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Physkos

Turunç, Turkey

Aphrodisias in Turkey has become a new UNESCO World Heritage Site

Posted by Luci Ackers on Jul 13, 2017
Aphrodisias in Turkey has become a new UNESCO World Heritage Site

This stunning ancient site has recently made it onto the UNESCO World Heritage list!

At the gathering of the Heritage Committee in Kraków in July 2017 a few additions were made to the highly-respected UNESCO world Heritage list, and one of them was the ancient site of Aphrodisias in south west Turkey.

Why so special?

This ancient city is, in UNESCO’s own words, ‘one of the most important archaeological sites of the Greek and Roman periods in Turkey’. Once the capital of the Roman province of Caria, its remains now spread over an immense area and tells the story of the bustling community that once would have lived here.

It was to become the centre of the Goddess Aphrodite, a temple was built in her name and it became known as Aphrodisias around the third century BCE. This important hub enjoyed an excellent period of prosperity between the second century BCE and the sixth century CE, even coming under the personal protection of Roman Emperor Augustus towards the end of the first century. Over time more buildings were constructed and the wonderful marble remains are drawing visitors today.

What’s here?

The extensive historic site includes the ruins of the Temple of Aphrodite, which would have been the focal point of the town and is the oldest structure here. The ruins of the tetrapylon (a huge monumental gateway, pictured at the top) are still standing as well, and these would originally have led the public through into the forecourt of the temple.

There is a wonderful semi-circular odeon, like an auditorium, which is made up of a central stage surrounded by ascending rows of marble seats. It could have been used for shows and performances as well as lectures and even competitions.

For more athletic events there was a large stadium, which you can still see really clearly. The impressive central track measures roughly 270m long by 30m wide and it is encompassed by 30 rows of spectator seats. It’s thought to be the best preserved of its kind in the whole of the Mediterranean!

Dedicated to Aphrodite and to the Emperor Augustus, the Sebasteion is an elegant building used as a religious sanctuary whose pillars and carvings are still stunning and very impressive even today. In fact, Aphrodisias is well known for its fine sculptures and the wonderfully carved marble structures. As well as the archaeological site itself, Aphrodisias encompasses marble quarries to the north; sculptors creating the site would have benefitted from the nearby constant supply of marble. You can still see carvings, sculptures and engravings onsite and many beautiful artifacts have been excavated over the years to be on display in the museum that you’ll find on site.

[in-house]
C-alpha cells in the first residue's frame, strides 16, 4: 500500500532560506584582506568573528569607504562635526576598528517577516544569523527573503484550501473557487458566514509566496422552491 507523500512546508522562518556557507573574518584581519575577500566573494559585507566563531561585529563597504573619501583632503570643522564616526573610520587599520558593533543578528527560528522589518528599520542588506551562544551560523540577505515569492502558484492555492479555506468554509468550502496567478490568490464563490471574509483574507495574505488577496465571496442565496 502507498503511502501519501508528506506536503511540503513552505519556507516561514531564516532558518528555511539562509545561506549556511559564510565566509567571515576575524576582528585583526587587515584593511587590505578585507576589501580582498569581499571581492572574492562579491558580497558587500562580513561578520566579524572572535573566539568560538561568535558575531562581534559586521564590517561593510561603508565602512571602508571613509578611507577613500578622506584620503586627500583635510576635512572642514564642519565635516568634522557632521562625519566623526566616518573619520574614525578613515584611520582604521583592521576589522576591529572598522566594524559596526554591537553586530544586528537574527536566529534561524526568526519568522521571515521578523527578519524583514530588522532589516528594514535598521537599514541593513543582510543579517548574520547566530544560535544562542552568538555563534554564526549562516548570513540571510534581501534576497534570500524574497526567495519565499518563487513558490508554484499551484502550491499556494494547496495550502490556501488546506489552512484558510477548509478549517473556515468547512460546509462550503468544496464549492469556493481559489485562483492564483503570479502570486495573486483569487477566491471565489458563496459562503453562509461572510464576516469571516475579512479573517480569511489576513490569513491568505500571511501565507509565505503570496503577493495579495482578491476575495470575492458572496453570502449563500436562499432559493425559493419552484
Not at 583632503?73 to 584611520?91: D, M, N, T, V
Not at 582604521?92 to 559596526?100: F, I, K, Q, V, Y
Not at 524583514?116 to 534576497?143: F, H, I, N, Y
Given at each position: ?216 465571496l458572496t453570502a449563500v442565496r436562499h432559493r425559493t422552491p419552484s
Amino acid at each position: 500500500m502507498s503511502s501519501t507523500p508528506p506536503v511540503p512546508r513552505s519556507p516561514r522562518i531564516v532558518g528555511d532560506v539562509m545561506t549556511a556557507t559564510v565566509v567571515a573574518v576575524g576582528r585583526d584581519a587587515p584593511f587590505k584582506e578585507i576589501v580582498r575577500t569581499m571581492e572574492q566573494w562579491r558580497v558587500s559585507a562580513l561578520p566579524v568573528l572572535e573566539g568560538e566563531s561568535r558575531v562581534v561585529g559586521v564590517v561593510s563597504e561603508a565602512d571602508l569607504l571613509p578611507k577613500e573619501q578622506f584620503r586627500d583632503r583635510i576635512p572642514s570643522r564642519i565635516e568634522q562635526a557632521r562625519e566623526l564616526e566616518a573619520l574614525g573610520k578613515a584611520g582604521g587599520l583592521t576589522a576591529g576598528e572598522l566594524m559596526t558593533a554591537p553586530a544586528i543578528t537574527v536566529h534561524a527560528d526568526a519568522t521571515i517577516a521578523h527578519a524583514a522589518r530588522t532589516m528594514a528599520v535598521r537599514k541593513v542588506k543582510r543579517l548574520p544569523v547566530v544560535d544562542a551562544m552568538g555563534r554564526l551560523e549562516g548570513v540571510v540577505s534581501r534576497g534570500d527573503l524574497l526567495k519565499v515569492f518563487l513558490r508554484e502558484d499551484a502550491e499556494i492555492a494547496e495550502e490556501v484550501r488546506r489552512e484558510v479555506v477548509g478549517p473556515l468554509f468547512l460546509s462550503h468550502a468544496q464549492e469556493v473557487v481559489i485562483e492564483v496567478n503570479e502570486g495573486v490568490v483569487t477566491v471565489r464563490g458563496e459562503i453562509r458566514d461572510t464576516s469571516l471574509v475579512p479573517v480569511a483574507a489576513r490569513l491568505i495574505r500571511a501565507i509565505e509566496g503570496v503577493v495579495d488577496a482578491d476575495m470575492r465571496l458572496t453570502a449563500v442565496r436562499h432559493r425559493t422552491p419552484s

A little background

It is estimated that the Temple of Aphrodite was constructed in the third century BCE. Though the site is older still than this it initially went by a different name. Unfortunately the site was in a natural earthquake zone and the city has been subjected to many natural disasters in its time. It was a large earthquake of the 7th century CE that finally pushed the site into a state of disrepair. It wasn’t until 1904 that the first formal excavations took place.

How to get here

The site is open every day from 8am and tickets cost 10 Lira

It’s just two and a half hours north of Marmaris and just over an hour from Denizli with its closest town being Geyre. You can find it off the D585.

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Luci Ackers
Author: Luci Ackers

Luci loves getting out and about for a good cycle ride or easy-going walks in the countryside, and thoroughly enjoyed the time she previously spent working for the National Trust. Her love of writing started from a young age and on rainy days nothing beats curling up in a secret corner with a good book.


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